Throughout your art journey, you’ll continually return to the fundamentals of art. Many core elements of art will remain consistent, no matter what form or medium you use.
In this article, we’ll discuss the six fundamental principles of good art and explore some of the career paths that rely on these core principles.
What are the 6 fundamentals of art?
The six fundamentals of art are the "rules" artists generally abide by. Each rule or component — anatomy, perspective, form and structure, lighting and shadow, color, and composition — will contribute to the overall visual impact of your artwork. Through their interactions and intersections, these elements come alive, helping artists create work full of creativity, a required level of realism, and expression.
Understanding anatomy is essential whenever drawing humans, animals, or plants. Being able to ascertain how the human body works, its proportions and joints, etc., helps you illustrate, sculpt, or animate more realistic poses and movements, such as walking, jumping over a fence, or picking up an object from a table. The same goes for understanding animal and flora anatomy if you want to create art that includes animals and/or plants.
Examples of the human and animal form by Advanced Digital Illustration Course grad, Jessica G, which she sketched during one of CG Spectrum's free extracurricular figure drawing sessions (one of the many perks of studying with CGS!).
Artists use perspective to make a two-dimensional image (drawn on paper or a screen) appear as though it has three dimensions. For example, perspective rules state that objects get smaller as they are further away from you. So if you’re drawing a speaker's perspective on a stage while speaking to an auditorium, the front row of chairs will be the biggest, decreasing in size as you progress to the back rows.
When using fundamentals of perspective, you may use one of the following in your compositions:
- One-point (or linear) perspective: Creating one imaginary “vanishing point” where all objects converge.
- Arial (or atmospheric) perspective: Objects in the background decrease in contrast, saturation, and detail to simulate the distance from the viewer’s eye.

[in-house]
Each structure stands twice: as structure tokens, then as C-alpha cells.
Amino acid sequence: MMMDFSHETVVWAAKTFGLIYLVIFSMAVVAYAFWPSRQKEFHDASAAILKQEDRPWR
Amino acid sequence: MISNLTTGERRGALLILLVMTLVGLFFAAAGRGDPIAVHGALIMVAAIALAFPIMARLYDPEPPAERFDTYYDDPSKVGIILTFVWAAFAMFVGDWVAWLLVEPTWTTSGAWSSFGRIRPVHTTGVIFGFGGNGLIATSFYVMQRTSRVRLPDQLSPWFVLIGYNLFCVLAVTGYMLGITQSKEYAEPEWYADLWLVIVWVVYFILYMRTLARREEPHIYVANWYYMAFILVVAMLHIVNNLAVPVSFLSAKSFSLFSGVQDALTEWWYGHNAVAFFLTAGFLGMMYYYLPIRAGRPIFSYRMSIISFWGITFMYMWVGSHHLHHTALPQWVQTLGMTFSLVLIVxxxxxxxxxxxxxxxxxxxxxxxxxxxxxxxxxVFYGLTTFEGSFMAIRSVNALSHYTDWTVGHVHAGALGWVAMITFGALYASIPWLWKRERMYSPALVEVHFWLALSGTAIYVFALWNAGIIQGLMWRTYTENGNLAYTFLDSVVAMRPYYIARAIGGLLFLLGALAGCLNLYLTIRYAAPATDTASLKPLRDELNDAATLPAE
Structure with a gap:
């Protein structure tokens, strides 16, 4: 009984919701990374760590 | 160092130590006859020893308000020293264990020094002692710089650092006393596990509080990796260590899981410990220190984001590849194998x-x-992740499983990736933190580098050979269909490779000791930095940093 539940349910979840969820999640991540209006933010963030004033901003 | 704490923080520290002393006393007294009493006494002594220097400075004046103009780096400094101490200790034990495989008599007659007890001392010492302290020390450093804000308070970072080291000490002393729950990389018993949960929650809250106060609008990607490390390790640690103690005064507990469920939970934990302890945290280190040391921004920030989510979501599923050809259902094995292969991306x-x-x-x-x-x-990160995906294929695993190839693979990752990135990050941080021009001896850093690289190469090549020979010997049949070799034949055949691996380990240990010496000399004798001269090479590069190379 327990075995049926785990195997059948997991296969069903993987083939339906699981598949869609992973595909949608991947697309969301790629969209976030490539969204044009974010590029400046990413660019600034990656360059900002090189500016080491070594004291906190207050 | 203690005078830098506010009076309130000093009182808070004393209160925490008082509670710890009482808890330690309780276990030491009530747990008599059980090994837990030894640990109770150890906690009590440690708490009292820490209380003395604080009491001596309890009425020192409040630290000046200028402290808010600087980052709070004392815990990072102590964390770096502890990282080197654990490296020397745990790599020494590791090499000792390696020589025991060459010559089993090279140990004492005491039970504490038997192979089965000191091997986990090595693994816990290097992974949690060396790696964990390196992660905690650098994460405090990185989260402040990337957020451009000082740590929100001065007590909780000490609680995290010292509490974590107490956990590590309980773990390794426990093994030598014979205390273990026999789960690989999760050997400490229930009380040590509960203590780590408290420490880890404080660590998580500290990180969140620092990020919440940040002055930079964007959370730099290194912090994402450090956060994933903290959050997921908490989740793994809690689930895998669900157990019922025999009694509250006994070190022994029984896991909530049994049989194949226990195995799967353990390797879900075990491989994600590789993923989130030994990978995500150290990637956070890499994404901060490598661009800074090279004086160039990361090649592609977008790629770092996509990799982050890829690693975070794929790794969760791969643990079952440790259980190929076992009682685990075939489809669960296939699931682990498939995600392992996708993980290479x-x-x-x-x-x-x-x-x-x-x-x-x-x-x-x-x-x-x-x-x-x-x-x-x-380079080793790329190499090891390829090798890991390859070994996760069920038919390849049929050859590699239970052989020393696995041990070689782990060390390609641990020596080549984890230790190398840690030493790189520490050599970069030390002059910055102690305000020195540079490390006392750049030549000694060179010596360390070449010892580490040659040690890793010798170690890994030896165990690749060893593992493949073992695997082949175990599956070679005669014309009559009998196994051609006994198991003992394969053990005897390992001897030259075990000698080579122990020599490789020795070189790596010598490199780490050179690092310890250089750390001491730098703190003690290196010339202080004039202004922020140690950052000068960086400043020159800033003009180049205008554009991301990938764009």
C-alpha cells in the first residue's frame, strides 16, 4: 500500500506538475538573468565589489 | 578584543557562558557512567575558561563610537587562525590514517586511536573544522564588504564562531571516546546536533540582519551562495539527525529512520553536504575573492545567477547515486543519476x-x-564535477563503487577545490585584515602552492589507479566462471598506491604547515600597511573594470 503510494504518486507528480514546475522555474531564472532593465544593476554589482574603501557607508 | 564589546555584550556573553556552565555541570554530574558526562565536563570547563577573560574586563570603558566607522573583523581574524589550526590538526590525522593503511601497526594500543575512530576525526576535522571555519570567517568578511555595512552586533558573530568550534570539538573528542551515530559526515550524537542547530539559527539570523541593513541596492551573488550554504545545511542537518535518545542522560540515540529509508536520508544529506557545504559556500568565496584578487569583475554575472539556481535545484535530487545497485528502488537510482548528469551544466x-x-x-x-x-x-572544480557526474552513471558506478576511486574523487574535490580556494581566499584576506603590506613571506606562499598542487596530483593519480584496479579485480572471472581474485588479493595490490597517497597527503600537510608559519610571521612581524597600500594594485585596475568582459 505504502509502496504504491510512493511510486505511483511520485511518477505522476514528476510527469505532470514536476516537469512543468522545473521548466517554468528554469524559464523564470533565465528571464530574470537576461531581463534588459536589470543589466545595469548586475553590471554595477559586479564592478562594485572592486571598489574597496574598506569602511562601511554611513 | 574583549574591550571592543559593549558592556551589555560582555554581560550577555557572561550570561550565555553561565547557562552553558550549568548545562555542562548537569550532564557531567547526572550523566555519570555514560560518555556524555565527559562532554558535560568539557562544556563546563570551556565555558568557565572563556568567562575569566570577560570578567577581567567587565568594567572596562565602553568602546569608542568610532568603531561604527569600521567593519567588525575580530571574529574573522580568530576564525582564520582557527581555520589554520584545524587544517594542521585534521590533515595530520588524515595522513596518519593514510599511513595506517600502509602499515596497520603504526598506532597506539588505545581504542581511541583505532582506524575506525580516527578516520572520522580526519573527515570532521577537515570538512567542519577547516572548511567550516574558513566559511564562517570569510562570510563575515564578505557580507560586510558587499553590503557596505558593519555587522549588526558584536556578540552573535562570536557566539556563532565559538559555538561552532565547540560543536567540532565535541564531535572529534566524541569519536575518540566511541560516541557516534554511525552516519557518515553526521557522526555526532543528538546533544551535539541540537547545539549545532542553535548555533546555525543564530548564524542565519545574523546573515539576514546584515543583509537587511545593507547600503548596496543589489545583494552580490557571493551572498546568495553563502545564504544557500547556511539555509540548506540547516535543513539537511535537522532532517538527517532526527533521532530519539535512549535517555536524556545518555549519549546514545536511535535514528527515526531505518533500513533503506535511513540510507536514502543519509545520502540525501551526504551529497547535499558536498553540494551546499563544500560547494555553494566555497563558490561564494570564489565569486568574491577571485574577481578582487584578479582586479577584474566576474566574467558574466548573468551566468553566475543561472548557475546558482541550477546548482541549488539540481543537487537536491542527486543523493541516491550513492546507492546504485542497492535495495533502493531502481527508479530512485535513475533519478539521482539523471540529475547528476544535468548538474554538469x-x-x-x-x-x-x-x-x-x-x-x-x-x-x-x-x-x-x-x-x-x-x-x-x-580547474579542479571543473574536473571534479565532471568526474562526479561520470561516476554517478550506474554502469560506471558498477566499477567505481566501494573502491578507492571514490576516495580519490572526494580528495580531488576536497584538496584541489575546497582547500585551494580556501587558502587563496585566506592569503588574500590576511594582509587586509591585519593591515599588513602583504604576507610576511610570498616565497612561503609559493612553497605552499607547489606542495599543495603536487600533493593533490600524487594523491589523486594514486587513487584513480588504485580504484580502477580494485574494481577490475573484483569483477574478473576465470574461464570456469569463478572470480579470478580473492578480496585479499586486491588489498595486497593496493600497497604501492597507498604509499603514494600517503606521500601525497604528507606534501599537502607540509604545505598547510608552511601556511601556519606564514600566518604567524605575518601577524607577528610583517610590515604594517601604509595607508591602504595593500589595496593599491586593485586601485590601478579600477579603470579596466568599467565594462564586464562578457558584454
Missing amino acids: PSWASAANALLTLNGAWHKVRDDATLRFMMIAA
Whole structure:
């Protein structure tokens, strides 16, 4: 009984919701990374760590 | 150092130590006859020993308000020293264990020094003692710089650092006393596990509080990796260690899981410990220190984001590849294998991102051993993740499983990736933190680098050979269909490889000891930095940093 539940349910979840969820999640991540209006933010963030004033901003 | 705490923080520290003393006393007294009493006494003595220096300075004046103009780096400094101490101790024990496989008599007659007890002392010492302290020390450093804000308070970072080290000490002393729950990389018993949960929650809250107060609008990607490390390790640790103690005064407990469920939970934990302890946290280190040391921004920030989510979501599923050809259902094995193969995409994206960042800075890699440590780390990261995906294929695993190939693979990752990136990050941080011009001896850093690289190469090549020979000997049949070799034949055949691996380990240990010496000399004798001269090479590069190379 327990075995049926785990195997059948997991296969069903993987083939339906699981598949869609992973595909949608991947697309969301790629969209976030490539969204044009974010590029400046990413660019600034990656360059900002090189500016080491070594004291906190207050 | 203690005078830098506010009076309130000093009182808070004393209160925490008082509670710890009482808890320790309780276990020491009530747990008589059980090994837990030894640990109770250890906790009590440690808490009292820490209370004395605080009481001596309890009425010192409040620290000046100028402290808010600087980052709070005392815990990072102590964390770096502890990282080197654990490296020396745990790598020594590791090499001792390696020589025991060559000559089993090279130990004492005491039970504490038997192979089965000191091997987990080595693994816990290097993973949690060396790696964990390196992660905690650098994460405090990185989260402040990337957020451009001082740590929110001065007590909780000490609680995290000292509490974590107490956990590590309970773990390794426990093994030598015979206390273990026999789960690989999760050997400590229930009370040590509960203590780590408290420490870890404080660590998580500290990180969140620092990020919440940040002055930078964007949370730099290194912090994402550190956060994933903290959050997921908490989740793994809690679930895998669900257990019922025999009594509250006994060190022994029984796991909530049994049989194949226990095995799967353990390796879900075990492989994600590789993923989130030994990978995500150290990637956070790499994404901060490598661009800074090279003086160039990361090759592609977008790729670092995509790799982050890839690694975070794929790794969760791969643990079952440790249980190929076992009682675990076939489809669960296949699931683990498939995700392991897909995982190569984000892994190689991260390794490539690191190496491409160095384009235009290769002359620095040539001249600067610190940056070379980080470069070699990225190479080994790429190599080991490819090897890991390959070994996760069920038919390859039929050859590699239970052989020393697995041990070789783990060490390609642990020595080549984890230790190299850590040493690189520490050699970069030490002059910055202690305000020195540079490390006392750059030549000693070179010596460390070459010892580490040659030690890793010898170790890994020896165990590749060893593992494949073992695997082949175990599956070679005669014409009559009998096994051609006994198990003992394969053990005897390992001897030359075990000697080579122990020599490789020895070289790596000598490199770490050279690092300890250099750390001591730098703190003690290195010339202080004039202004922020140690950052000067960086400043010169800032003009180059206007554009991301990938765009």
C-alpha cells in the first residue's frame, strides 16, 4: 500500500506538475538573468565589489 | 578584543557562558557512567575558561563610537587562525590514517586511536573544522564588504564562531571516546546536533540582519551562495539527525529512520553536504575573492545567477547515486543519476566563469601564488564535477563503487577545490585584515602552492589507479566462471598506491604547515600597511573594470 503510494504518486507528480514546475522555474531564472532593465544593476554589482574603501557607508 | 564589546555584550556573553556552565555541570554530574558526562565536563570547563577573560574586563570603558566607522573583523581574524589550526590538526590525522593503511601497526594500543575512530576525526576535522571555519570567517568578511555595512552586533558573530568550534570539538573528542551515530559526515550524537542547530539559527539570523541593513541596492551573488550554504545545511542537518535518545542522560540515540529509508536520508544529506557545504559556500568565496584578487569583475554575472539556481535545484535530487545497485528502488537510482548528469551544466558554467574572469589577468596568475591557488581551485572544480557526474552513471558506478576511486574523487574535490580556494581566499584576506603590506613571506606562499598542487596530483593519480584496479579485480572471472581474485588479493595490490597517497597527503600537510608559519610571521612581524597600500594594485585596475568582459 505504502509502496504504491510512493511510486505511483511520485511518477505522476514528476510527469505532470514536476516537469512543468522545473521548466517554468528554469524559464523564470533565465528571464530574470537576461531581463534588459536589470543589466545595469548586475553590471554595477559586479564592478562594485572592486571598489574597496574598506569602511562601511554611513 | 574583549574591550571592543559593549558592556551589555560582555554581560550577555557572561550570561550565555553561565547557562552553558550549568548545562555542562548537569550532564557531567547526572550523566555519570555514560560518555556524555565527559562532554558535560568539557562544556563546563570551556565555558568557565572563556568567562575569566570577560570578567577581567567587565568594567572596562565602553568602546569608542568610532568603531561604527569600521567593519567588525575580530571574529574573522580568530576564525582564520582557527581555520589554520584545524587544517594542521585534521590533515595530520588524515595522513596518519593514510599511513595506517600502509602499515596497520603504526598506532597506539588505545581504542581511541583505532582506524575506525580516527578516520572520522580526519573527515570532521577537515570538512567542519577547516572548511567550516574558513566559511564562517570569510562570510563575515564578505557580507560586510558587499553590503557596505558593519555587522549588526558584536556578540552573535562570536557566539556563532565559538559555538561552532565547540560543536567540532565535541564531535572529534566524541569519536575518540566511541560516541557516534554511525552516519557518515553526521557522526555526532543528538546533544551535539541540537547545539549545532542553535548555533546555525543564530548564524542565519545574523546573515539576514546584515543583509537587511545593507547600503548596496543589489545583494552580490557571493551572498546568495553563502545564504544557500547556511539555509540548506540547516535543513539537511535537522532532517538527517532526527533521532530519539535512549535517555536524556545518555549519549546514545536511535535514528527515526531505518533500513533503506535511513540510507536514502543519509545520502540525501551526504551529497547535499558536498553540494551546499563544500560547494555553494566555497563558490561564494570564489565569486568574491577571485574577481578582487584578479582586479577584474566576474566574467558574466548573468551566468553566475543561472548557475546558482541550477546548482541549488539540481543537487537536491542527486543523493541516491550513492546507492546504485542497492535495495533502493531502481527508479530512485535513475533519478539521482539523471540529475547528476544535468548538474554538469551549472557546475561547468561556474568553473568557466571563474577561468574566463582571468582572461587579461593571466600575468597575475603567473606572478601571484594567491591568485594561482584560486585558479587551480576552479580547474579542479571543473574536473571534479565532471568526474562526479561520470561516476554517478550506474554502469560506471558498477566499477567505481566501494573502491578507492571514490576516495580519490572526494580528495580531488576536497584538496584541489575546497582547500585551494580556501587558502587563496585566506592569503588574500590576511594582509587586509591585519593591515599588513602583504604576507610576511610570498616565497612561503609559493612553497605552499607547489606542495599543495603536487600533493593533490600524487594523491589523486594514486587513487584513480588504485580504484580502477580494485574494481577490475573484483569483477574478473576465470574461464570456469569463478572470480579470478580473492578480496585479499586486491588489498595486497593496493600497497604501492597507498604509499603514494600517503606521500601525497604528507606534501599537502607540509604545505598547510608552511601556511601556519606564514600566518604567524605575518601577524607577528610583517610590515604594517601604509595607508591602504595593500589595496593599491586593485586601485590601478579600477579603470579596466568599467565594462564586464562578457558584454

This Blender environment paint-over by Advanced Concept Art Course student Gwen T is a great example of perspective, using a decrease in contrast and saturation to denote buildings in the distance. (Not ready to take an advanced course? We have beginner concept art courses to get you started!)
Form and Structure
At their core, all objects comprise a mixture of basic shapes — squares, circles, and triangles (or in three dimensions: cubes, spheres, and triangular prisms). Form and structure help flat drawings appear more realistic and as though they occupy space in width and depth.
Think of early artist sketches for animation storyboards. The artist usually uses a cylinder and a sphere to represent the character rather than drawing out every curve of their body. Then in subsequent versions of their storyboards, they begin superimposing more realistic human features, using these basic shapes as a foundation.
Concept art and illustrations also usually start as a series of basic shapes in early sketches or drafts before adding detail and definition to give their work more recognizable form.
Timelapse of a sketch by Concept Artist and CGS Mentor, Tyler James, which shows him starting with a simple circle shape. What other shapes can you see used?
Lighting and Shadow
Another way to make flat objects on a page or screen look more realistic is to apply concepts of lighting and shadows to your depictions. In animated art forms, how the light hits a character or object and where its shadow hits can also simulate the movement of an object or character, or the perspective of the viewer's eye.
Lighting and shadows are intimately connected. For example, a light on an object will cast a shadow behind it or on the opposite side of what’s being illuminated (such as a lamp hitting one side of a character’s face). Digital painters can use lighting and shadows in their coloring to show more realism and perspective in the drawings and to insinuate certain moods or themes.
Short tutorial by Love Life Drawing on shading and lighting.
The final fundamental skill in art is mastering color. This includes both the color choice and the psychology behind your chosen colors.
Traditional and digital painters should know the basics of mixing colors, which includes understanding the color wheel and how to get the exact shade they want to be able to replicate real-life or set the tone or mood for their work.
Color theory can be broken down into three main categories:
- Hue: It's where the shade is on the color wheel and can help set the overarching theme of an artwork.